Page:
Volgenau School of Engineering
George Mason University
George Mason University Mason
George Mason University

Why Study Here?

Bioengineers save lives. Bioengineering, also called biomedical engineering, applies engineering tools and approaches to solving problems in biology and medicine. Choosing a degree in bioengineering is a commitment to a challenging and rewarding field dedicated to creating solutions to improve health.

A Wealth of Opportunities

Your college experience in Mason's Bioengineering Department will be rich with academic and research opportunities, and your degree will open countless career opportunities.

Students who earn a bachelor of science in bioengineering are highly sought after for positions in the biomedical industry and for admission to graduate school or medical school. Those who receive an MS or a PhD in this field garner top jobs in industry, government, and academia.

Our students get involved in medical research throughout their entire undergraduate or graduate programs, including:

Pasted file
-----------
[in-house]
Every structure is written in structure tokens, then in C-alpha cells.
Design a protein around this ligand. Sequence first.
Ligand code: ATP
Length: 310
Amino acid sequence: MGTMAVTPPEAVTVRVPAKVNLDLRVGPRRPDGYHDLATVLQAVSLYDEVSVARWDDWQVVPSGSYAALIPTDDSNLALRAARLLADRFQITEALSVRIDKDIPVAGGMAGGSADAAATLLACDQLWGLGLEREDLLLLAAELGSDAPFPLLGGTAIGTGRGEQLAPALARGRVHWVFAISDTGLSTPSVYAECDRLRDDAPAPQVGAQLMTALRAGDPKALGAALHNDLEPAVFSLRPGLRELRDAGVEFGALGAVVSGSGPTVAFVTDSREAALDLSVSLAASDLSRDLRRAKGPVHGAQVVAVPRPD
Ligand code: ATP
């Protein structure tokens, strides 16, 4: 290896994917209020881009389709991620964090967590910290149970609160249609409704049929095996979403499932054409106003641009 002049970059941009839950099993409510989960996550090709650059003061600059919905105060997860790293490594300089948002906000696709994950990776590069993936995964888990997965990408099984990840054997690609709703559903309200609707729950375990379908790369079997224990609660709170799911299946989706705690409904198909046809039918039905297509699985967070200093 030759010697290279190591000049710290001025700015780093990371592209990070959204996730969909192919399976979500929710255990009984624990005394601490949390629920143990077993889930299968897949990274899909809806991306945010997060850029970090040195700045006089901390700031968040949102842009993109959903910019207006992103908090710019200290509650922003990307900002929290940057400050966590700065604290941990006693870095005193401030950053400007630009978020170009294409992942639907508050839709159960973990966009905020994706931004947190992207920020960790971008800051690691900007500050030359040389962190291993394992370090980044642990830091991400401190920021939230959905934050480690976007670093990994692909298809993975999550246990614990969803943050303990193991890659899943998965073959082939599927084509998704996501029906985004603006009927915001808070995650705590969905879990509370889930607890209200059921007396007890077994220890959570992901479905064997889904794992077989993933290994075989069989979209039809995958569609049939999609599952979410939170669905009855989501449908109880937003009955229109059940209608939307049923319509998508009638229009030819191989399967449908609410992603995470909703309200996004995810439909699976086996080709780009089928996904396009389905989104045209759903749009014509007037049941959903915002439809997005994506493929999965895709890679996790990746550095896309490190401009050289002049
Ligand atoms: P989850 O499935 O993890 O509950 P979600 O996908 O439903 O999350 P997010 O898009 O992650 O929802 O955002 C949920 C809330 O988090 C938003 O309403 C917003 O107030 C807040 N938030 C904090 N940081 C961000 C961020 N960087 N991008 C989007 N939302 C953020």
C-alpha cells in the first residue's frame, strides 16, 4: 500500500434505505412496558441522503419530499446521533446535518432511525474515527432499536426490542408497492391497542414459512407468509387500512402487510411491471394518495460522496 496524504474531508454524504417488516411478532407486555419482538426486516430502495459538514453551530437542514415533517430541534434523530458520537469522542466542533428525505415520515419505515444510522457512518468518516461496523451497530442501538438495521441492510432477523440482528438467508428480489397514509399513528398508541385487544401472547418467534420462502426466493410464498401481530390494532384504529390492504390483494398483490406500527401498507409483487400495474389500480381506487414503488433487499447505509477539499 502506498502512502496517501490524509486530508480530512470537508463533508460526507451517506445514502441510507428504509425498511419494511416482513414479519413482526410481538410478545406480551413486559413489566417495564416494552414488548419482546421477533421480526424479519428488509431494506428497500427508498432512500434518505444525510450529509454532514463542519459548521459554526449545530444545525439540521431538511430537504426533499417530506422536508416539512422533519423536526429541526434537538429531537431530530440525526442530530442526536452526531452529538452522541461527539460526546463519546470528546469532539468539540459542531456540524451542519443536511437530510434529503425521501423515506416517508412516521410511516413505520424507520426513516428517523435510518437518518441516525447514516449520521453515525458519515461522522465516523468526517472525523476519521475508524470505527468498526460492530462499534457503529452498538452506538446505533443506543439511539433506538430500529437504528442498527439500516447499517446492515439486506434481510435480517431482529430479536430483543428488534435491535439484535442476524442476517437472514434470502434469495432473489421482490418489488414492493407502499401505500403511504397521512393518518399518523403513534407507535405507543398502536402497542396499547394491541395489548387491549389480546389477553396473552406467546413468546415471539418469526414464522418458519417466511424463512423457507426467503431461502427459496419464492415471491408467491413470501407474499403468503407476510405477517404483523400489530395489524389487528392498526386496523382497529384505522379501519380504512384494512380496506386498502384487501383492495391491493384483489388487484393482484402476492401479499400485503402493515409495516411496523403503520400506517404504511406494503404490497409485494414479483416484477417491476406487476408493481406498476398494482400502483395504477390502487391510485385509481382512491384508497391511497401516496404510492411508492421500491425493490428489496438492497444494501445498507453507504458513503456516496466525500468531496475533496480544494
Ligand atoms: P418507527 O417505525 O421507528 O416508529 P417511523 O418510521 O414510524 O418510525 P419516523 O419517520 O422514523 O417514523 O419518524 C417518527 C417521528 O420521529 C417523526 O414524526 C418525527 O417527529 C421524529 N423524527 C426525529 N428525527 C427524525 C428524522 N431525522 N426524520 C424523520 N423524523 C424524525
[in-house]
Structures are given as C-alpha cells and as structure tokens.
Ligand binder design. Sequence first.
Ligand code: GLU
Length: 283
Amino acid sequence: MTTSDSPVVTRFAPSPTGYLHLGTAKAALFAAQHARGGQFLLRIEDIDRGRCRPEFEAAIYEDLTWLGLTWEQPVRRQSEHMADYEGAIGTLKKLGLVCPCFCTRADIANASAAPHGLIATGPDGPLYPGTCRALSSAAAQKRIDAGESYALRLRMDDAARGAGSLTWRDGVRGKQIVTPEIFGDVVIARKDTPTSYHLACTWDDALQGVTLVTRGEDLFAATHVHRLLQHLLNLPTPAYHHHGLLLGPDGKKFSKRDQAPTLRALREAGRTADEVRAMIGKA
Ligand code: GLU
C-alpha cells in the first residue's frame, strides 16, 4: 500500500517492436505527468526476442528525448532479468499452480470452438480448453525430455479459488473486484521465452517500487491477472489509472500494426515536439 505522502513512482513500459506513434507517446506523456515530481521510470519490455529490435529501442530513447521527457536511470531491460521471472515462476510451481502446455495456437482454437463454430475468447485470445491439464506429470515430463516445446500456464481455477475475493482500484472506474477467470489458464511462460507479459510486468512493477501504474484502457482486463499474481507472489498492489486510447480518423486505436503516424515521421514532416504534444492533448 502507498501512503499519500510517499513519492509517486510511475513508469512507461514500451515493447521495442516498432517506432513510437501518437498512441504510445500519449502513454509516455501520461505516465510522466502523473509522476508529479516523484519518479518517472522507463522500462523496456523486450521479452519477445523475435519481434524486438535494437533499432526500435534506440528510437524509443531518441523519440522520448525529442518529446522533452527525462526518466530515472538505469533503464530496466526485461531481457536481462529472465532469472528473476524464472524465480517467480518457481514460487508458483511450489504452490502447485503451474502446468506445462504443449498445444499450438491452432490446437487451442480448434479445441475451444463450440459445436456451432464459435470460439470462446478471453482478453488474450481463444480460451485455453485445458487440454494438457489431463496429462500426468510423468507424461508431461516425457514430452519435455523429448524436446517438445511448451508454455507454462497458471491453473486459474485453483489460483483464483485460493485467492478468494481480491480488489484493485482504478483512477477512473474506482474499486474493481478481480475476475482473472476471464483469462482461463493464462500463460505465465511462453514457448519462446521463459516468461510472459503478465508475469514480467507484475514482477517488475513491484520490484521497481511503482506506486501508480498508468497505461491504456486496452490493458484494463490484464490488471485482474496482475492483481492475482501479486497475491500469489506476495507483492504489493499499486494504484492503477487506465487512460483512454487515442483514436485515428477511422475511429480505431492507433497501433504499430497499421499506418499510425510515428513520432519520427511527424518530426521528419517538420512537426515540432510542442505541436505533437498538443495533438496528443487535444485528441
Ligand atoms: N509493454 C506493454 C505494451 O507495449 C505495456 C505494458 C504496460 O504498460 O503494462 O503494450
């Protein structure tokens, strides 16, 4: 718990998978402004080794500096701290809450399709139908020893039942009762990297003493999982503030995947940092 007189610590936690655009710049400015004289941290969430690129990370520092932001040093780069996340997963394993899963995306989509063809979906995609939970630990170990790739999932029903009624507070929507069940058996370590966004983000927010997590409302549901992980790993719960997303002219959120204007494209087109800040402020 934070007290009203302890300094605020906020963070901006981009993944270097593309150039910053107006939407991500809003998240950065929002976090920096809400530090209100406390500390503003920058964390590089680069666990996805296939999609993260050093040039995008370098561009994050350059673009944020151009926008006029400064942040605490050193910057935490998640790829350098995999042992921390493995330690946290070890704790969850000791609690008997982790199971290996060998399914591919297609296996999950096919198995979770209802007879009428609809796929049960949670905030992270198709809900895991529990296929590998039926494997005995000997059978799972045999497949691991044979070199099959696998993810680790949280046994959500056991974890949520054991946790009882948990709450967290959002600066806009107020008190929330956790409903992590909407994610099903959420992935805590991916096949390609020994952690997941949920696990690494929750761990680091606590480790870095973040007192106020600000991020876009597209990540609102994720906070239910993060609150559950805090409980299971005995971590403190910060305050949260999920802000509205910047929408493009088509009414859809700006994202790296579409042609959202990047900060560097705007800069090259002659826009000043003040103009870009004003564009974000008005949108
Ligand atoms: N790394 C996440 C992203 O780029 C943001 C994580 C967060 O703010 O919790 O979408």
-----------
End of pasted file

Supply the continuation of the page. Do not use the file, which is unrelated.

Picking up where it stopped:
• Working with imaging and sensor technologies to help amputees gain better control of prosthetics for their arms, hands, and legs.
  • Studying blood flow in the brain to predict aneurysm rupture and guide treatment by using image-based computational modeling.
  • Developing new biomaterials and nanomedicine therapeutics to allow the body's immune system to fight cancer and infectious diseases.
  • Exploring the means to treat neurological disorders by studying the vast complexity of brain connections that make us who we are.

Unlimited Career Choices

  • Academic research in biomedical technology
  • Product development in medical device, biotechnology, and pharmaceutical industries to commercialize therapeutics and instruments for clinical applications
  • Software and instrument design and control in industry and in hospitals
  • Implementation of and monitoring regulatory compliance for medical products
  • Working in business, legal, and intellectual property roles of companies and government agencies in the health care sector

Information for Prospective Students

George Mason University students at the Fairfax Inova Hospital

Laurence Bray, associate chair of the Department of Bioengineering, developed a unique technical elective called Applied Neurotechnologies. The class combines classroom learning with state-of-the-science clinical experience at Inova Fairfax Hospital’s campus.